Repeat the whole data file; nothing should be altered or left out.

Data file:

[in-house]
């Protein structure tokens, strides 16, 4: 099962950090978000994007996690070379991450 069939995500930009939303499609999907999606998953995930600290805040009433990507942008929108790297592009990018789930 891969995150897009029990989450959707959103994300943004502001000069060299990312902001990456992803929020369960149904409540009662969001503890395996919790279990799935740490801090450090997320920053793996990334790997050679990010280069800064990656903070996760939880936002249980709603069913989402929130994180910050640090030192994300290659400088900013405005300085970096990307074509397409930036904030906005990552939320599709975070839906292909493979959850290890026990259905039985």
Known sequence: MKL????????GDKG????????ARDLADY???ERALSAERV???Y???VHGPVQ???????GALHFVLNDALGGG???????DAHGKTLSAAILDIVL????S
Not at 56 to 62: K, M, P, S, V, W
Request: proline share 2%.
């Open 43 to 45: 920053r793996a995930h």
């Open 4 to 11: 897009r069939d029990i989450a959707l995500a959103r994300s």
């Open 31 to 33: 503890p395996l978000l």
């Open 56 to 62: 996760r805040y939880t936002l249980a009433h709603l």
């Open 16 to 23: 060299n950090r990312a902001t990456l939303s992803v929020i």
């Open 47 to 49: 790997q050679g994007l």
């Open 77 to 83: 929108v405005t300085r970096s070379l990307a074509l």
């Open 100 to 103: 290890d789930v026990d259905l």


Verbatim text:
[in-house]
């Protein structure tokens, strides 16, 4: 099962950090978000994007996690070379991450 069939995500930009939303499609999907999606998953995930600290805040009433990507942008929108790297592009990018789930 891969995150897009029990989450959707959103994300943004502001000069060299990312902001990456992803929020369960149904409540009662969001503890395996919790279990799935740490801090450090997320920053793996990334790997050679990010280069800064990656903070996760939880936002249980709603069913989402929130994180910050640090030192994300290659400088900013405005300085970096990307074509397409930036904030906005990552939320599709975070839906292909493979959850290890026990259905039985």
Known sequence: MKL????????GDKG????????ARDLADY???ERALSAERV???Y???VHGPVQ???????GALHFVLNDALGGG???????DAHGKTLSAAILDIVL????S
Not at 56 to 62: K, M, P, S, V, W
Request: proline share 2%.
């Open 43 to 45: 920053r793996a995930h």
């Open 4 to 11: 897009r069939d029990i989450a959707l995500a959103r994300s």
């Open 31 to 33: 503890p395996l978000l």
């Open 56 to 62: 996760r805040y939880t936002l249980a009433h709603l």
């Open 16 to 23: 060299n950090r990312a902001t990456l939303s992803v929020i």
């Open 47 to 49: 790997q050679g994007l």
């Open 77 to 83: 929108v405005t300085r970096s070379l990307a074509l």
């Open 100 to 103: 290890d789930v026990d259905l």